Neither is a terrible actor, but Kubrick sucked the life out of their performances due to his tendency to do hundreds and hundreds of takes. And you could tell he never left his house, because there was no sense of reality to Eyes Wide Shut. It was not entirely unlike reality, but it didn’t go far enough in any direction. Bah, it’s a boring, boring movie, unless you like long tracking shots of Tom Cruise walking around. Then it’s great.

Eyes Wide Shit is Kubrick’s only bad film, and from what I gather, he only did it so that Warner Brothers would give him the budget he wanted for AI, a film which Speilberg completely raped into fecal matter.

Nice imagery, but it’s hard to say where Kubrick ended and Spielberg started on AI. Fans of Kubrick think all the bad parts are Spielberg, but some people say otherwise.

Anyway, it’s almost a great movie, had it just ended when the kid fell into the water. There’s some amazing stuff in there, that’s for sure. Spielberg is as good–or better–a technical filmmaker as Kubrick; too bad he’s such a sentimentalist.

Kubrick’s scenes were always as carefully composed as paintings, and looking back on his opus, his greatest strength was the visualization of abstract concepts and raw insanity.

That’s why 2001 is his masterpiece – it’s all about mind-boggling cosmic events, with as little dialogue as possible getting in the way. I think Kubrick successfully handled a subject matter that would have become embarrassing B schlock in the hands of virtually any other director. (A monolith that makes apes use tools and leads a spaceship to Jupiter? An insecure murderous ship computer?)

Also, his visualization of insanity is what made The Shining, A Clockwork Orange, and (partly) Full Metal Jacket so good. I do think that his films tend to get worse the more they are about normal human interaction – those parts usually end up fairly boring, even including the gunfight in FMJ.

I tend to think of Kubrick and Hitchcock being very similar. Both were highly technical, even “cold” directors. The single biggest difference is that AH was consistently able to get great performances from his actors, whereas SK was sorta like Lucas, I think, in that he often seemed to deal with actors as a “necessary evil” of filmmaking.

It should be noted that AH had a few “dogs” as well. SK was a brilliant filmmaker who, if nothing else, had the balls to aspire, and few can dispute that he is among those directors who made “art” before “entertainment” – whether this is good or bad is subjective opinion, I personally find art entertaining.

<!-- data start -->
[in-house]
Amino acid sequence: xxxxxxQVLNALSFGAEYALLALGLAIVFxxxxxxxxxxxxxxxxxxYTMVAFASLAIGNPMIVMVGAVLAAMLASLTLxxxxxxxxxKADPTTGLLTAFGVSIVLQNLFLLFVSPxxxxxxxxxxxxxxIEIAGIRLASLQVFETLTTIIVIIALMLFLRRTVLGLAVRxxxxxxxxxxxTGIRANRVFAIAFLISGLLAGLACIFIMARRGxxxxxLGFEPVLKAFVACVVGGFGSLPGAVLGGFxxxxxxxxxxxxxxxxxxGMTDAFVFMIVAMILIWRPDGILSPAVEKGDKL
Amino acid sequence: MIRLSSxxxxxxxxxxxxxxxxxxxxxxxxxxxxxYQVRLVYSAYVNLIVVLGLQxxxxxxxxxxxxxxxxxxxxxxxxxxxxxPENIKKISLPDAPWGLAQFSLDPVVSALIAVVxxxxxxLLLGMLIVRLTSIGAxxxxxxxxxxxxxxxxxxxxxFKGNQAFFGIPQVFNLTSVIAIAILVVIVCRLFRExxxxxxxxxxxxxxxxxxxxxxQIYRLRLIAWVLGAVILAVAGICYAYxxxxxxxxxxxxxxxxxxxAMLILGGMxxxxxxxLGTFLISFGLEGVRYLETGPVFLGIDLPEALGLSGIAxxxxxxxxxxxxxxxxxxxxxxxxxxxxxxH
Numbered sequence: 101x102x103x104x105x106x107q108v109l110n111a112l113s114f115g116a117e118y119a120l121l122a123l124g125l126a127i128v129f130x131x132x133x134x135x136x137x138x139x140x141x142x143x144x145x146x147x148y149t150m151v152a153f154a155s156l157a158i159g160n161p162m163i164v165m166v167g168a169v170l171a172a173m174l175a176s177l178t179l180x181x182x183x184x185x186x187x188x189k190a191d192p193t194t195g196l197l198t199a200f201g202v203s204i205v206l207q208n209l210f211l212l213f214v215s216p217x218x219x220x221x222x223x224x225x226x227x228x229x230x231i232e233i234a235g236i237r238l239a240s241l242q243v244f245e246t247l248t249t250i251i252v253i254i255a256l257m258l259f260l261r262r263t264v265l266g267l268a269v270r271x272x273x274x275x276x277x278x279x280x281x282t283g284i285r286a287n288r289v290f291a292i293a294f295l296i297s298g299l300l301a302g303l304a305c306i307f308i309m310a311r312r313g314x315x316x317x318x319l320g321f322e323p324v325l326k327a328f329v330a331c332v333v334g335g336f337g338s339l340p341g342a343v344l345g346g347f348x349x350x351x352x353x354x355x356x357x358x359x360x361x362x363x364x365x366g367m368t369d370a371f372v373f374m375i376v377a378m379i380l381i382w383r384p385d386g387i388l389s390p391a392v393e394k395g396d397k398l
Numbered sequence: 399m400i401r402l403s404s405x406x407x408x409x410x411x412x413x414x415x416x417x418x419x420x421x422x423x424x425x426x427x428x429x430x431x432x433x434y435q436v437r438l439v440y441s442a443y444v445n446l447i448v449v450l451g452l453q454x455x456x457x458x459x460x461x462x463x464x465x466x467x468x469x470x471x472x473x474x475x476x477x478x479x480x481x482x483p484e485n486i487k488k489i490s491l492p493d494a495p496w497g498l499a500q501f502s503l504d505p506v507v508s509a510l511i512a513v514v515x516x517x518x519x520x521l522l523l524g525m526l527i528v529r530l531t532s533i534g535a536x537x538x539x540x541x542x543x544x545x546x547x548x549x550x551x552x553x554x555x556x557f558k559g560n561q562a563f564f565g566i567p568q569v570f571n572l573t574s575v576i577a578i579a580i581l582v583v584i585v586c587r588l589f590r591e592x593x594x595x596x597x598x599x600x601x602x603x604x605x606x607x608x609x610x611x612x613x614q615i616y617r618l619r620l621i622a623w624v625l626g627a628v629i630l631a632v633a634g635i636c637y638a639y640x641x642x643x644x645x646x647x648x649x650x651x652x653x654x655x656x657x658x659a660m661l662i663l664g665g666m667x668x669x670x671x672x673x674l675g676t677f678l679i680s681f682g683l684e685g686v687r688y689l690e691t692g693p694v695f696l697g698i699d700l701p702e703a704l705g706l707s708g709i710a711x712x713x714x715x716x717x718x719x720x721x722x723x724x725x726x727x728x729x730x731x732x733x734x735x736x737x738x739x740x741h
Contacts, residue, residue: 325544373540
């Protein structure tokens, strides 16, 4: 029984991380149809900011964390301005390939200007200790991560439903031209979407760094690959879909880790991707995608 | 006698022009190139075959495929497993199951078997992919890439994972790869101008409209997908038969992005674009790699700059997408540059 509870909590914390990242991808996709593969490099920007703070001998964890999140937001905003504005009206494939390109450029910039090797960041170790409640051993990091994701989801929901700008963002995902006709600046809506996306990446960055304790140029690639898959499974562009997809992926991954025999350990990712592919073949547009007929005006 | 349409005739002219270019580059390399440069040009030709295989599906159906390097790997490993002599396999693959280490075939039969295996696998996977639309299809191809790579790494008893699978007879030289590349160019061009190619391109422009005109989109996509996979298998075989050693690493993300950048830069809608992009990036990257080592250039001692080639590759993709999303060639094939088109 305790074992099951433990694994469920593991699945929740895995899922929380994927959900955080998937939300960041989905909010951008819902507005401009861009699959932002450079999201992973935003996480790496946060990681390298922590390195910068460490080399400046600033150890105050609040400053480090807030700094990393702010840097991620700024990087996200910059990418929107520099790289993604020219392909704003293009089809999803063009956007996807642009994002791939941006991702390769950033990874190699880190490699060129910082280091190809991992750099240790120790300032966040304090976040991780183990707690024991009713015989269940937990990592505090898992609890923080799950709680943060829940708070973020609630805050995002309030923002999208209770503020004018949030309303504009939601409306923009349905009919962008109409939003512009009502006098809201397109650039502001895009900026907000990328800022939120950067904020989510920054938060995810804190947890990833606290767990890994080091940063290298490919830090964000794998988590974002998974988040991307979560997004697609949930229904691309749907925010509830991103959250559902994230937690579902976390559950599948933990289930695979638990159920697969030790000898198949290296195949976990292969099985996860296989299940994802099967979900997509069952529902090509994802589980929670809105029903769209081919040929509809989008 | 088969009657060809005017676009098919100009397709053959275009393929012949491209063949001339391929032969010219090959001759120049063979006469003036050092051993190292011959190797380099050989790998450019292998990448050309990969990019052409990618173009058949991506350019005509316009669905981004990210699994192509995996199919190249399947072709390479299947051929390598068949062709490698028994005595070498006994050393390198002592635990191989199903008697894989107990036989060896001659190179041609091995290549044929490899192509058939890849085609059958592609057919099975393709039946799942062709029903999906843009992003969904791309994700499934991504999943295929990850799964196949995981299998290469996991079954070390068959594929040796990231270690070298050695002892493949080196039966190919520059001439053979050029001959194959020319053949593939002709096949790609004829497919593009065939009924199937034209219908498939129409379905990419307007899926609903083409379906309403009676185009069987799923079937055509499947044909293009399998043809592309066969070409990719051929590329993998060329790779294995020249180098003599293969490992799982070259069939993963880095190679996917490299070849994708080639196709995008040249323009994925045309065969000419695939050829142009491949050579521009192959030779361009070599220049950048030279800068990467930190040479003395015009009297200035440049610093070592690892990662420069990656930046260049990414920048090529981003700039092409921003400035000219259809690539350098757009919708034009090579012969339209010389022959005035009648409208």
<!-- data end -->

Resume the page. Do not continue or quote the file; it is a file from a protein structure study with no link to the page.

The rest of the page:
Underrate the guy for his misses if you must, but at least he always aimed high, which is more than can be said for Spielberg, Sodenberg, and many other other “great” directors of more recent memory. And he never really made a “bomb” – AI and EWS may have had their weaknesses, but they weren’t failures, in my view.

I’m surprised it took so long to mention A Clockwork Orange, which he made after Strangelove and 2001, and stands among his best films, IMHO.

It’s not, really. To anybody who followed the development of AI before or after its release, the SK->SS line is like night and day – actually, you nailed it yourself. And that’s coming from a Speilberg “fan,” who is – shall we say – at least “tolerant” of his additions to AI. I appreciate what he tried, anyway.

FMJ, IMHO, is sorta like the anti-Saving Private Ryan. FMJ is an anti-war movie (SPR is a war movie). FMJ is a bunch of great “bits” that just barely fall short of coming together to make more than the sum of its parts. SPR is like one big whole who’s individual elements are ultimately lacking. Omaha beach in SPR is absolutely incredible, but nothing else in the film even comes close to matching that opening, even the climax. Whereas FMJ is chock full of great parts (boot camp, the “I guess I’m trying to say something about the duality of man, sir!” scene, the Adam “Mutha” Baldwin character) that just fail to make a satisfying whole.

Lolita is about human interaction, although the “normal” part is questionable. It’s funny how rarely Lolita gets mentioned in any Kubrick talk, but I think it’s one of his most successful films, not least of which is due to the incredible performances.